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Halevt configuration

License of this document

Copyright (C) 2008, 2009 Patrice Dumas

Permission is granted to make and distribute verbatim copies of this manual provided the copyright notice and this permission notice are preserved on all copies.

Permission is granted to copy and distribute modified versions of this manual under the conditions for verbatim copying, provided that the entire resulting derived work is distributed under the terms of a permission notice identical to this one.

Other sources of information

The commands halevt and halevt-mount options and synopsis are given in the halevt and halevt-mount pages.

Some examples are provided in the Halevt distribution.

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1 Configuration file locations

The configuration file used can be set on the command line using -c file. Otherwise halevt will use all the files ending in ‘.xml’ located in the following directories, in that order:

  1. $HOME/.halevt
  2. @sysconfdir@/halevt
  3. @datadir@/halevt
with @sysconfdir@ and @datadir@ being set during the configuration and build of the software. If a file with a given name has already been found, it is ignored in the other directores.

When in reporting mode, turned on by the -i option, no configuration file is used, halevt reports all the HAL events.

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2 Halevt configuration syntax

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2.1 Basic syntax of halevt xml files

Halevt configuration is in XML (described in-depth at A configuration file should begin with:

     <?xml version="1.0" encoding="UTF-8"?>
     <halevt:Configuration version="0.1" xmlns:halevt="">

and end with


Comments are within ‘<!--’ and ‘-->’.

Basically, there are nested elements marked by ‘<...>’, either with a start tag and an end tag with a slash marking the end tag ‘</...>’, like the ‘halevt:Device’ element:

     <halevt:Device ...>

or standalone, like the ‘halevt:Insertion’ element, ending with a ‘/>’:

       <halevt:Insertion ..../>

In the element there may be attributes, with a name followed by an equal sign followed by a quoted string for the corresponding value. Here is an example of a ‘match’ attribute for the ‘halevt:Device’ element:

     <halevt:Device match="hal.block.device &amp; hal.block.is_volume">

Since they have special meanings, a literal ‘"’ should be escaped as ‘&quot;’, ‘&’ should be escaped as ‘&amp;’, ‘<’ as ‘&lt;’ and ‘>’ as ‘&gt;’.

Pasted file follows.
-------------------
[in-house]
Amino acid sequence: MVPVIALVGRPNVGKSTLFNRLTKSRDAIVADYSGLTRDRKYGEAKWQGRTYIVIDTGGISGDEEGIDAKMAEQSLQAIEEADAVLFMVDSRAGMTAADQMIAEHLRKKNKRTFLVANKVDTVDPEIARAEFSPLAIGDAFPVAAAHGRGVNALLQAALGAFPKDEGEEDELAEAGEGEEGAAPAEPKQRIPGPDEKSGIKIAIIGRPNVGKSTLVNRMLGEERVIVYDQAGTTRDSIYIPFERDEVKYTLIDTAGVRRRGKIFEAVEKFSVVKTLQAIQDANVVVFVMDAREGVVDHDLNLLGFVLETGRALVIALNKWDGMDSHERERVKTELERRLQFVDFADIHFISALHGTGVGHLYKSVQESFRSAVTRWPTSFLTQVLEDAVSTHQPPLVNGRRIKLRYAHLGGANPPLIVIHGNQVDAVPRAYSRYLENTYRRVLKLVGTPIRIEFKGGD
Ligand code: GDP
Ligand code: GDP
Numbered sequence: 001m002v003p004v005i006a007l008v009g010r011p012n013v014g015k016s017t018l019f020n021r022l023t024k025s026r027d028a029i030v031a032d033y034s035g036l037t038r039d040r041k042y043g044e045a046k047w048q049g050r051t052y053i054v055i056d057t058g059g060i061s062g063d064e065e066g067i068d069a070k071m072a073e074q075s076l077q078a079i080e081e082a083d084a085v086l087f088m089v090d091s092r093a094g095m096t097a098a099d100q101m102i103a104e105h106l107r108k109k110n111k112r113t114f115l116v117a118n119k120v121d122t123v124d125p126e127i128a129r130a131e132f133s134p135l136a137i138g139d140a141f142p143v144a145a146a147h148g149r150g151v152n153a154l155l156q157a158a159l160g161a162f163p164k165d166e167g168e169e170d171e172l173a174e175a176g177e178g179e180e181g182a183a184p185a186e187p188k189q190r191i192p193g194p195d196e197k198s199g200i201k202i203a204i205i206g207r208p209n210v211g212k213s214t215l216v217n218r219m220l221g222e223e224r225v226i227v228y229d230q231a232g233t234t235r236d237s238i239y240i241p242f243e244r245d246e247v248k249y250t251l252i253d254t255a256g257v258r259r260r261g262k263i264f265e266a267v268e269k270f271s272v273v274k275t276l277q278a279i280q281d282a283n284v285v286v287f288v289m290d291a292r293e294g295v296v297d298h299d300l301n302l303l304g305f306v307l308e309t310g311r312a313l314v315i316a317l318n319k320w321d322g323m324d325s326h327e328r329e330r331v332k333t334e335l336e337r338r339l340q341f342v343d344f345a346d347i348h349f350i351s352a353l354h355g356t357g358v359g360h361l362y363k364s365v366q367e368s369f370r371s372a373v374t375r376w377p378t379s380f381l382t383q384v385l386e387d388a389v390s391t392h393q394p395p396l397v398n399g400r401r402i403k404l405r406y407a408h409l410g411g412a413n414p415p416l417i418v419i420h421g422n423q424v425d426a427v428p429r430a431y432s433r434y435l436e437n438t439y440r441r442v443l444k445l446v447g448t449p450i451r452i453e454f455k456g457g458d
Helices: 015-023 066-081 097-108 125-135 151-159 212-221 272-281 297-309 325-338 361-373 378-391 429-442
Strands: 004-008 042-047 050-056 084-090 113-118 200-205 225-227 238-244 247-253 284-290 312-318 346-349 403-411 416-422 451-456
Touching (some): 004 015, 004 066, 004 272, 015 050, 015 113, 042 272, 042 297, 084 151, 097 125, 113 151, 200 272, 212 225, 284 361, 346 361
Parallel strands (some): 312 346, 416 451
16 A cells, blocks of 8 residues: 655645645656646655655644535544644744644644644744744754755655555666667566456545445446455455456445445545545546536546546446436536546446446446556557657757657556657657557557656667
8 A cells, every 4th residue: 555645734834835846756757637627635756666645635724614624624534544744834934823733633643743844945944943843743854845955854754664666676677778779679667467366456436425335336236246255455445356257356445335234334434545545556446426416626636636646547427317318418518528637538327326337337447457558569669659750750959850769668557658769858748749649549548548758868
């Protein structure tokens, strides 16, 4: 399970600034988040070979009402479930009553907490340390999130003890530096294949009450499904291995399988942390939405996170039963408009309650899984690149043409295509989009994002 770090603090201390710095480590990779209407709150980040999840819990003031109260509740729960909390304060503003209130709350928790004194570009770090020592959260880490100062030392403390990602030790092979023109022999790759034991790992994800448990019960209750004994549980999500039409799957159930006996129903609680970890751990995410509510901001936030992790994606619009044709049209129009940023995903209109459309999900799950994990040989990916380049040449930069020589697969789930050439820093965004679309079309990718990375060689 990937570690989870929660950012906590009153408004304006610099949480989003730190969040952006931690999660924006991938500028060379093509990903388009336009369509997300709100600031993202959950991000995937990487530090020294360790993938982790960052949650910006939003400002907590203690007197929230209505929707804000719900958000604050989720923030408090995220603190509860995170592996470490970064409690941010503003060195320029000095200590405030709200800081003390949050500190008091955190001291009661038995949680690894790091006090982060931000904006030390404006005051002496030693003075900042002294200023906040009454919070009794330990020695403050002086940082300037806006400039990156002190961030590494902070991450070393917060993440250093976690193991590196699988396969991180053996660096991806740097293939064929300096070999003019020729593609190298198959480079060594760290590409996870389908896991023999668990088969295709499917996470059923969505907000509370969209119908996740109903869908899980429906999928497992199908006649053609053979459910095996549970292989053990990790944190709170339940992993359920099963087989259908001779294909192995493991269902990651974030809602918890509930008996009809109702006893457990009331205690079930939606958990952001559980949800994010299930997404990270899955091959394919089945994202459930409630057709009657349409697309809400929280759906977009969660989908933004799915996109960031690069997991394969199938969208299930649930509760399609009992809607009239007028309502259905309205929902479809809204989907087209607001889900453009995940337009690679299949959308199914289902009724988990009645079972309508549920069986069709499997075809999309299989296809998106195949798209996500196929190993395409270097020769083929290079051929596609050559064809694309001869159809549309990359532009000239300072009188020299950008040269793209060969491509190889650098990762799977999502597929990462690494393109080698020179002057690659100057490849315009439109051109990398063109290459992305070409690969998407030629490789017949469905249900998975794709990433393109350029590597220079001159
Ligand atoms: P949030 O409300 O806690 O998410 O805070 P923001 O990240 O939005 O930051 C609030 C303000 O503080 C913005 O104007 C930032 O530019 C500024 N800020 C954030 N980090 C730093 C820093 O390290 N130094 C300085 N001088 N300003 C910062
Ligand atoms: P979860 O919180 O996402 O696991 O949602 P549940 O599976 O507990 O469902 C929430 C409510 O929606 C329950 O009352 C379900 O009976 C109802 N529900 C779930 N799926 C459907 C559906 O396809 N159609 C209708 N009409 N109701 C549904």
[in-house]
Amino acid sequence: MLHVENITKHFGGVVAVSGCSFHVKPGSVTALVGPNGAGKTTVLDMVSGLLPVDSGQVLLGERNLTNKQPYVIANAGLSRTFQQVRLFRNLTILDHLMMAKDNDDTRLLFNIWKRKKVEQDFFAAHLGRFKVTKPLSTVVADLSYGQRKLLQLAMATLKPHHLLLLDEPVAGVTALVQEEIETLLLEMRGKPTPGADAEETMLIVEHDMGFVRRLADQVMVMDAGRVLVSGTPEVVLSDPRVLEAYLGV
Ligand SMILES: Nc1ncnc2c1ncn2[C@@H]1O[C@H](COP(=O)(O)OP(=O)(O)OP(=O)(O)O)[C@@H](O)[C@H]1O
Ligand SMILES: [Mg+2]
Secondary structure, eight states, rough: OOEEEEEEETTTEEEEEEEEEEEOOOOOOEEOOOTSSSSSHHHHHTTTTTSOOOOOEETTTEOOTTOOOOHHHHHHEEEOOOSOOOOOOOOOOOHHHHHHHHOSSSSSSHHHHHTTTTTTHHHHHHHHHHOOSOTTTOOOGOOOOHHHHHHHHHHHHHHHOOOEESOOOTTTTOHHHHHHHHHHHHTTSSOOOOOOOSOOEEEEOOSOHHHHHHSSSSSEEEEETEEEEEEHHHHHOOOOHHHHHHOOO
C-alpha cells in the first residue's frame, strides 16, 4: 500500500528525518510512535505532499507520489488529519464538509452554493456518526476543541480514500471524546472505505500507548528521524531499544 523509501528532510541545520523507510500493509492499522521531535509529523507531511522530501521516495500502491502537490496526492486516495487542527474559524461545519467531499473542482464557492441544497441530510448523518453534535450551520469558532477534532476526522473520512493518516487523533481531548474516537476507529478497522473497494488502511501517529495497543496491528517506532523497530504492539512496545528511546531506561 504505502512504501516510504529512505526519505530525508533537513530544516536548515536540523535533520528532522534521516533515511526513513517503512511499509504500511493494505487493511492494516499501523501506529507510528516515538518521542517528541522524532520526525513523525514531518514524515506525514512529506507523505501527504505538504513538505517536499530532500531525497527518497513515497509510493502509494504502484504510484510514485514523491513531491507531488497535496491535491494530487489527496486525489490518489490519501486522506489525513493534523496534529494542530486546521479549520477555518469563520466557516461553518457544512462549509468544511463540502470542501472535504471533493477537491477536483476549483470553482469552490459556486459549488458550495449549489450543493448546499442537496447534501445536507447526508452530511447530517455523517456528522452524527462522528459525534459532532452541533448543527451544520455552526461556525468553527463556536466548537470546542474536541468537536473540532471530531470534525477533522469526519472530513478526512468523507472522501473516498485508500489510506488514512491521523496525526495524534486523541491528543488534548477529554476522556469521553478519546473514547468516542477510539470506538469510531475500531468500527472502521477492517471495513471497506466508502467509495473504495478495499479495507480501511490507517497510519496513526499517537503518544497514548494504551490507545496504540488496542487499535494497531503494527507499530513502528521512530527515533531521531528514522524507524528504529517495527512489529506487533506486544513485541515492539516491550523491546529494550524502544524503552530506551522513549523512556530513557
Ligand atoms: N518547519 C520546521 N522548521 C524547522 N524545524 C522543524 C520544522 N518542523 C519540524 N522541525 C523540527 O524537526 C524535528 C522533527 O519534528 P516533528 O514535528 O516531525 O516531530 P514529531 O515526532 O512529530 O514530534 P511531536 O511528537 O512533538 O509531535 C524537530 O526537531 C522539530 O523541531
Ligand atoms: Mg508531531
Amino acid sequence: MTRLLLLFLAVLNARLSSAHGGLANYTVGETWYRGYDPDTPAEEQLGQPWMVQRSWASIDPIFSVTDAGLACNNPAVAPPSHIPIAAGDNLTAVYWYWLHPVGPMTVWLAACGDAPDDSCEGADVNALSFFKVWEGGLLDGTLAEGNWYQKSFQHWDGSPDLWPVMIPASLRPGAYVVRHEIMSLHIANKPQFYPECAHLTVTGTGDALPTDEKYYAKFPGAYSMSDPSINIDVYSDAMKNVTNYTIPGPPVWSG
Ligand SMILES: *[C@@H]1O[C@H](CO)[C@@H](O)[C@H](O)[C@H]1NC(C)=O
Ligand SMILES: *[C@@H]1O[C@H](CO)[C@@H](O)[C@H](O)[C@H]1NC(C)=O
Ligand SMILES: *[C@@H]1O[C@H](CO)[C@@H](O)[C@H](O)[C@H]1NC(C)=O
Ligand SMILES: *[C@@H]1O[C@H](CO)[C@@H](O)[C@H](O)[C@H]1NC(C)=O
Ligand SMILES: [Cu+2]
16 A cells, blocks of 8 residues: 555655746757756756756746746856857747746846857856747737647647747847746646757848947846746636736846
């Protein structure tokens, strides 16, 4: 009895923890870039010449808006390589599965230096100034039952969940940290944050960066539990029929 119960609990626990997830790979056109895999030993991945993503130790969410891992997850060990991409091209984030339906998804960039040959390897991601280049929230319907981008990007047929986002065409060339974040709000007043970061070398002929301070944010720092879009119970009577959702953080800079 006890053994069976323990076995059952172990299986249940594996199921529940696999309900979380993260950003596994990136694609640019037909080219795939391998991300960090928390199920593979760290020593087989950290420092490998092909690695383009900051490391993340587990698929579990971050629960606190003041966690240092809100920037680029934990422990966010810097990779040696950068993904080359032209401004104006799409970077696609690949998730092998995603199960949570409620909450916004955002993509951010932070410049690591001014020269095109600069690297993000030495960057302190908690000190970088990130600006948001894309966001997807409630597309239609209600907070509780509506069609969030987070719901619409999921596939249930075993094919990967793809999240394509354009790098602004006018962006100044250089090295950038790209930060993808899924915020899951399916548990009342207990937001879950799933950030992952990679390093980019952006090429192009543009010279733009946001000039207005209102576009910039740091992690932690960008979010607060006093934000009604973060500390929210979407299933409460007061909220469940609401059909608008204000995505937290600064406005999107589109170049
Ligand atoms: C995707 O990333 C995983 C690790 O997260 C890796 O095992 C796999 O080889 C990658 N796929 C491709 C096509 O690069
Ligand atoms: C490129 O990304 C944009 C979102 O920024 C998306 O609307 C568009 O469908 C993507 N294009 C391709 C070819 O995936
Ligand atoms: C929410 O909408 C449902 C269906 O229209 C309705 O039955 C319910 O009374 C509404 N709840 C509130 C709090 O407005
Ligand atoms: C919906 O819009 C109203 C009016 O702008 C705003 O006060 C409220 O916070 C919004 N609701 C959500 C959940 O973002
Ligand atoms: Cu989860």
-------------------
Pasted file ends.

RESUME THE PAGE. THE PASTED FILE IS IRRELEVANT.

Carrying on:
For example the exec attribute here:

     <halevt:Device match="hal.block.device &amp; hal.block.is_volume">
       <halevt:Insertion exec="echo &quot;$hal.udi$&quot; &gt; file"/>


     echo "$hal.udi$" > file

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2.2 Selecting devices and actions for hal events

The configuration of halevt allows to select device such that a command is run upon an hal event. The device selection is handled by the ‘halevt:Device’ element, it encloses an action element, among

for an action to perform if the device is already there when halevt is started;
for an action ot be performed on device insertion;
for an action ot be performed on device removal;
for an action to be performed when a condition is emitted by the device;
for an action to be performed when a property changes. In that case the halevt:Action element is nested within the halevt:Property element to select an action based on the property value.

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2.2.1 Device selection syntax

A halevt:Device has a match attribute, to select the device. The device match is done by selecting hal properties that should exist or properties matching a value. These items can be combined in boolean expressions, with ‘&’ for and, ‘|’ for or and ‘!’ for the negation and parenthesis for grouping.

A hal property that should exist is selected by prepending ‘hal.’ to the property, like ‘hal.block.device’. A property value match is specified by the property name with ‘hal.’ prepended followed by an equal sign followed by the value. For example, the following is true if the device property ‘block.is_volume’ has ‘true’ as a value:

     hal.block.is_volume = true

So, for example, the following selects devices with existing ‘block.device’ property, and a property ‘block.is_volume’ matching the value ‘true’:

     <halevt:Device match="hal.block.device &amp; hal.block.is_volume = true>

When a property is an UDI which specifies a device, it is possible to check a property of the device specified by this UDI, by inserting ‘hal.’ between the UDI device property and the property to check. For example the following checks that the device specified by the ‘block.storage_device’ property has the ‘storage.hotpluggable’ property set to ‘true’: = true